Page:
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Best Camping In Redwood National Park

Hike James Irvine Trail

Redwood National Park Travel Guide | Best Camping, Hiking, and Scenic Drives

Park: Prairie Creek Redwoods State Park

This 12 mile loop is the most popular of the longer-distance hikes in the park. Youll cross creeks and pass through old-growth redwood groves as you hike out to Fern Canyon.

This is the perfect trail for those that want to visit Fern Canyon, but either cant drive Davison Road or want a longer, more challenging hike.

The trail starts and ends at the Prairie Creek Visitor Center. You take the James Irvine Trail on the way out and the Miners Ridge on the way back to complete as a loop.

This all day hike gives you the best views in the park redwoods, old-growth forests, roosevelt elk, and plenty of ferns.

Redwood National Park Backpacking

There are 7 designated backcountry camping areas across the 4 parks, plus additional opportunities for dispersed camping. Visiting these campgrounds is a great way to escape others and have a trail all to yourself.

Backcountry camping in Redwood National Park requires a free permit. These permits are issued online only. Visitors can apply for a permit anywhere from 4 weeks in advance to no later than 48 hours out.

For more information on backcountry permits in Redwood, read more here.

If you plan to request a backcountry permit, use Redwoods Backcountry Trip Planner to select a trail and camping area ahead of time.

Hike The Coastal Trail

Park: Prairie Creek Redwoods State Park

The Coastal Trail is the premier backpacking trail in Redwood National and State Parks.

It runs for 70 miles along the coastline passing through 3 parks: Prairie Creek Redwoods State Park, Del Norte Coast Redwoods State Park, and Redwood National Park.

The trail starts at Crescent Beach Overlook in Del Norte Park and heads all the way south to Elk Meadow in Redwood National Park. But you dont have to hike the full trail to enjoy the scenery it has to offer!

To experience part of the Coastal Trail on a short day hike, consider hiking the section from Gold Bluffs Beach to Fern Canyon or the short section from Crescent Beach Overlook to Enderts Beach.

Read More: 12 Best Hikes in Redwood National Park

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Ancient Redwoods Rv Park

The Ancient Redwoods RV Park is one of the Good Sam RV parks near the Redwood National Park. Large, paved sites with grass medians are available at Ancient Redwoods, which are big-rig friendly but also accept campers of all sizes. The construction of an outdoor meeting space with grilling equipment is presently underway. This park has a convenience shop on site as well as a 1000-year-old Redwood called The Immortal Tree.

There are quite a few places that you can choose to stay when visiting the Redwood National Park. Make sure you are ready for a very relaxing time and enjoying stunning views of Redwoods stretching for miles when you book your stay. The Redwood National Park has a lot to offer, and a vacation like this is a wonderful way to spend time with your family.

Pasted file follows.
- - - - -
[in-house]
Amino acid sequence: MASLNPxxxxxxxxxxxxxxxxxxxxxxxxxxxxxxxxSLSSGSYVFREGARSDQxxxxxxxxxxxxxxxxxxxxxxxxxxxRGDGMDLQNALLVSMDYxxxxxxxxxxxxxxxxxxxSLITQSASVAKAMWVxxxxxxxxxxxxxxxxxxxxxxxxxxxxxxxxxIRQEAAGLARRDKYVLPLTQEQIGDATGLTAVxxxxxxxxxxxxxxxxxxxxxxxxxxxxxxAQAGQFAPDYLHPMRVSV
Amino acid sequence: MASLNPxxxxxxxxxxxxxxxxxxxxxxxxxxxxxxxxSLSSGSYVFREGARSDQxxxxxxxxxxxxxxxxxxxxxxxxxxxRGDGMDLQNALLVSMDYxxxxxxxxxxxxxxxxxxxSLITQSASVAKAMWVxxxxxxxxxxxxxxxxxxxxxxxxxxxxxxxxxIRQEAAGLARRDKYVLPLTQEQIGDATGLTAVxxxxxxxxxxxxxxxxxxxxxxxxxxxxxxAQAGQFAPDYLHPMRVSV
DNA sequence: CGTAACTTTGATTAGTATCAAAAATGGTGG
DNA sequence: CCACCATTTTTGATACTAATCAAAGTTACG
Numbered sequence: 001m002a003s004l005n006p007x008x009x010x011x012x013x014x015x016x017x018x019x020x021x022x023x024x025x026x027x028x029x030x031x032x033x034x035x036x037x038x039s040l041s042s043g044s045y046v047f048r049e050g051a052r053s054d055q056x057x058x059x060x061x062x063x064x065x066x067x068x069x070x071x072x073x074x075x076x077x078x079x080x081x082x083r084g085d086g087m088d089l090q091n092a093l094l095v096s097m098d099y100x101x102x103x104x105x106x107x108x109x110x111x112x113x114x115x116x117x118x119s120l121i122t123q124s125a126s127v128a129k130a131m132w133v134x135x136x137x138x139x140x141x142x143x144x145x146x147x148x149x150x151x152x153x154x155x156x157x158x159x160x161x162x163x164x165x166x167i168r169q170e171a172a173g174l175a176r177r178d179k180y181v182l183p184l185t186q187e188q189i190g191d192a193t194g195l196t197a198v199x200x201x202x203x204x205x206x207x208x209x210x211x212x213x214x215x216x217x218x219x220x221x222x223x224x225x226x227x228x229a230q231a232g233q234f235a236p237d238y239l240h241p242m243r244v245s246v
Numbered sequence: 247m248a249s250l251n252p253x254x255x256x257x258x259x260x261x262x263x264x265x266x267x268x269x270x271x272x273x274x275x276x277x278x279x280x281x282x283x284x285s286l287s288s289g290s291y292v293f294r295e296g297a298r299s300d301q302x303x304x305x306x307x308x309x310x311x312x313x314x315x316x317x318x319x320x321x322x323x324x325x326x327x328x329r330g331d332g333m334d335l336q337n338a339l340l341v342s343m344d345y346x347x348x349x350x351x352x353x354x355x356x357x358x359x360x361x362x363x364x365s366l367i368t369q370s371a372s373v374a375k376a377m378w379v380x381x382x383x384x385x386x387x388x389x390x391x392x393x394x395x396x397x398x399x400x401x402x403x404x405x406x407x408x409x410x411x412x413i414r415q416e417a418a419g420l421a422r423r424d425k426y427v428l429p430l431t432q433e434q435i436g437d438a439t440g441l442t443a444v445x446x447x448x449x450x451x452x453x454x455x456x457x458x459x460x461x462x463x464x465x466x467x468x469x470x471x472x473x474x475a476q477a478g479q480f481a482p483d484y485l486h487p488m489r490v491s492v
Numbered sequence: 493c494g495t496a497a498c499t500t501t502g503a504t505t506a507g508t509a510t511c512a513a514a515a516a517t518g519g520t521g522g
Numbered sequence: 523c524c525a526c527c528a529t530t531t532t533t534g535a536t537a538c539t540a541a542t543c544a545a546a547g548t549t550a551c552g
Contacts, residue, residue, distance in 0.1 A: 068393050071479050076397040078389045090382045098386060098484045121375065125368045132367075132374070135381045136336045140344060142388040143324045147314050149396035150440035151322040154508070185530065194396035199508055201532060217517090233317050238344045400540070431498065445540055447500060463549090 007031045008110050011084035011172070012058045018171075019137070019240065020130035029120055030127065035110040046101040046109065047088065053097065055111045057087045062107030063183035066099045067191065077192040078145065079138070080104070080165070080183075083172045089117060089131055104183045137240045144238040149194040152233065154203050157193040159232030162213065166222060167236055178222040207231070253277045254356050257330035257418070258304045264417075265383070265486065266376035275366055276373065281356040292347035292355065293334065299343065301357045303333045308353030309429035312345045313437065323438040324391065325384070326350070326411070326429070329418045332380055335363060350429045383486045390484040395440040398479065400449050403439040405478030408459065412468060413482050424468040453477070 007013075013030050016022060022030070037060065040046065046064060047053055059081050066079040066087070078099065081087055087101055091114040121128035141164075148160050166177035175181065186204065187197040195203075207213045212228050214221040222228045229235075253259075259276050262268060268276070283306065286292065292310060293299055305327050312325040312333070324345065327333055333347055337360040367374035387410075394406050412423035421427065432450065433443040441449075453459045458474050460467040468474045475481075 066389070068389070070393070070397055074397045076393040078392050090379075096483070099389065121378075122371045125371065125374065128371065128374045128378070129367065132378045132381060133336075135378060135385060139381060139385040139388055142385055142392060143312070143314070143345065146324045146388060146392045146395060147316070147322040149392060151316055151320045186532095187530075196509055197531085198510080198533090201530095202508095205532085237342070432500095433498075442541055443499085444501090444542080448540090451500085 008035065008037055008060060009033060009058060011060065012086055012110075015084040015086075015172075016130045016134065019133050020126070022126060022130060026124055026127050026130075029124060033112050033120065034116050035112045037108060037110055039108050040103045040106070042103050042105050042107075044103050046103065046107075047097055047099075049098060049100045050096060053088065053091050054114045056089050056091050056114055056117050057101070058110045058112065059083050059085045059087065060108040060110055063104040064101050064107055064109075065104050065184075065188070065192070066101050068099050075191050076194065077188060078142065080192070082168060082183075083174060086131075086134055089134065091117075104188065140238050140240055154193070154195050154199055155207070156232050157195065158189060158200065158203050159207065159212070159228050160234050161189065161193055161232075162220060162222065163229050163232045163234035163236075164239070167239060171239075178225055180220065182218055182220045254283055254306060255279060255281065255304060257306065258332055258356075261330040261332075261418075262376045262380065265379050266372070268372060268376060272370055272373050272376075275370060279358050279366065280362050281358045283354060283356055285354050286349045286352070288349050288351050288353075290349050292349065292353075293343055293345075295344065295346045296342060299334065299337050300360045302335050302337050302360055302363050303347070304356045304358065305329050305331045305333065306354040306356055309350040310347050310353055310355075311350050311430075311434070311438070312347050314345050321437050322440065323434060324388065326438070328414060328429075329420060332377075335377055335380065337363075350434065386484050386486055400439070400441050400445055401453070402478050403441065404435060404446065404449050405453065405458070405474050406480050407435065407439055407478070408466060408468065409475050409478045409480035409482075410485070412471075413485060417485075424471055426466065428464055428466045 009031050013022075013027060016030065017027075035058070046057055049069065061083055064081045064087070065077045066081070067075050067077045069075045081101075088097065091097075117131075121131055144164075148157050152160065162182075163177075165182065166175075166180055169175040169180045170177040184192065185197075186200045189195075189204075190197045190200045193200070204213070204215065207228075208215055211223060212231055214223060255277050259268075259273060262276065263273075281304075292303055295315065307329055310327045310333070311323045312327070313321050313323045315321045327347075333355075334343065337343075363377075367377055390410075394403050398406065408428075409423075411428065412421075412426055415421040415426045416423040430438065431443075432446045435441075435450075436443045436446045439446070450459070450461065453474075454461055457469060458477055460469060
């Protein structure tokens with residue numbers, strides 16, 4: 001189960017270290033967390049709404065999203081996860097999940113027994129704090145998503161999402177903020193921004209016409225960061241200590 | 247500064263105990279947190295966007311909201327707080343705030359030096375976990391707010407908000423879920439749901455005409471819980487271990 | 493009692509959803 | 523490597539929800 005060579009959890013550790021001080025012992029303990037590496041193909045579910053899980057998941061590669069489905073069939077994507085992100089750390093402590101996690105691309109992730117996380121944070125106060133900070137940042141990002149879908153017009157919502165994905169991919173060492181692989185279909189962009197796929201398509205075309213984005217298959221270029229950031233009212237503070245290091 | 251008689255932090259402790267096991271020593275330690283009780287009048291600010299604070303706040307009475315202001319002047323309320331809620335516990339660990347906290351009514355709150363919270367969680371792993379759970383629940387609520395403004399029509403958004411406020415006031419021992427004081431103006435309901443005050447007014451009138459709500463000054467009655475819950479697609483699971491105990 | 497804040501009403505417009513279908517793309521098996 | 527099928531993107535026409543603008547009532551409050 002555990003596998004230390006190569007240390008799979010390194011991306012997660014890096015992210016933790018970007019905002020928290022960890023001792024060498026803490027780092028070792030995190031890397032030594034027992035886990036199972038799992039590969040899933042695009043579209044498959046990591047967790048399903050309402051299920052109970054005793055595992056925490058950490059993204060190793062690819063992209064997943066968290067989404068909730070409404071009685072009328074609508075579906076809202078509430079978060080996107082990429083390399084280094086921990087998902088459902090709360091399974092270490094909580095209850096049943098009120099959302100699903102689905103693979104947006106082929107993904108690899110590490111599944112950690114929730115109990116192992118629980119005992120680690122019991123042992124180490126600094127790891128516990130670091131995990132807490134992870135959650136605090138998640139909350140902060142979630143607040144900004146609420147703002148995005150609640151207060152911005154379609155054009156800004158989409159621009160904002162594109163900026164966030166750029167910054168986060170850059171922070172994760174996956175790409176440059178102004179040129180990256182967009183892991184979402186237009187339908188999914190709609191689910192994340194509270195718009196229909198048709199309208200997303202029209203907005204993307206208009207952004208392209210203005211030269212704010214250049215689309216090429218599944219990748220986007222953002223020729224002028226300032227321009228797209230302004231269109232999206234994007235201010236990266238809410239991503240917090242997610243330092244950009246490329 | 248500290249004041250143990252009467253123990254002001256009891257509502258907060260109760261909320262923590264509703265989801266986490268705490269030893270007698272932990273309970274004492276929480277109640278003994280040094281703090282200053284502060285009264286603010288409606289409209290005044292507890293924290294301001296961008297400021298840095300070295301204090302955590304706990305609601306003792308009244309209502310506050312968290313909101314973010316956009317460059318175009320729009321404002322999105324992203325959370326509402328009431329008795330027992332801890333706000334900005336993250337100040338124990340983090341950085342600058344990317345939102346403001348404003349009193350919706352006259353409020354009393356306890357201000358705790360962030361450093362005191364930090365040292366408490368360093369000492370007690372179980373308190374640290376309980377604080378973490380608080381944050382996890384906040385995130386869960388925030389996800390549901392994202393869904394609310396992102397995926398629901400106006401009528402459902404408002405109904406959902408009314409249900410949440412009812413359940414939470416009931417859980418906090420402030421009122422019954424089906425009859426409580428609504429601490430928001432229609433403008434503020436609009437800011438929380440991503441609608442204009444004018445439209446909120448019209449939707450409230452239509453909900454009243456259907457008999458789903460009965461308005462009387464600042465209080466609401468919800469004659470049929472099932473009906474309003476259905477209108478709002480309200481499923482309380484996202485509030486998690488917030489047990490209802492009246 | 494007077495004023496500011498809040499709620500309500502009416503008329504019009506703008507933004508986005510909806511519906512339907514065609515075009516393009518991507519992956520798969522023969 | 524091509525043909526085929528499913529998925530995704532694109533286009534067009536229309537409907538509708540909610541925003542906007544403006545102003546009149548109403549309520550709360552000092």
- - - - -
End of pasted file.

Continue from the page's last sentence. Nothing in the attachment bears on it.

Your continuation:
Hiking In Redwood National Park In The Summer

6 Best Campgrounds in Redwood National and State Parks, CA

Summer is definitely the most popular time to visit Redwood National Park, because its sunny and warm! While this is definitely a great time for hiking, you will run into more crowds. For the more forested hikes, the weather is pretty ideal because the redwood trees provide shade and protection from the heat. But, if you do one of the hikes that goes along the coast, youll be more exposed. I prefer spring or fall for hiking, but summer is summer weather is pretty idyllic!

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Things To Do In Redwood National Park 2022

There is an abundance of breathtaking things to do in in Northern Californias Redwood National & State Parks.

This park is home to the tallest trees in the world, the mighty Redwood, which can reach staggering heights of over 360ft and weigh more than 500 tons.

These parks feature magical forests, miles of spectacular beaches, stunning overlooks, and one of the largest herds of Roosevelt elk on the planet.

People travel from all over the world to experience the magic that takes place in this park every single day.

What To Pack To Visit Redwoods

With cool temperatures and little to no cell service, packing layers and safety gear is essential for any trip to Redwood National Park. Here are the items I recommend packing for your trip:

  • Binoculars Theres plenty of wildlife to see in Redwood, but the most impressive is the Roosevelt Elk. Its always important to give wildlife plenty of space, so bring along a pair of binoculars to get a closer view! I have this inexpensive pair of
  • Waterproof Rain Jacket If youre visiting in the rainy months, be sure to pack a rain jacket with Gore-tex . I have the REI XeroDry GTX.
  • Lightweight Hiking Shoes If you stop for a hike on the beach, youll want lightweight shoes with solid traction. I like the Altra Lone Peak 4.5 Trail Runners for short beach hikes.
  • The 10 Essentials If youre heading out for one of the many hikes in the area, be sure to bring along the 10 hiking essentials that keep you safe on the trail. For more on the 10 essentials, check out my hiking gear guide.
  • Roadside Assistance Kit With little cell service, youll want to be prepared for unexpected car issues. Look for a roadside kit with jumper cables and repair tools like this emergency roadside kit from AAA.

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How Redwood National Park Is Organized

Redwood National Park can be a bit confusing. Unlike other parks, it isnt just a national park. When people refer to Redwood National Park, they generally mean Redwood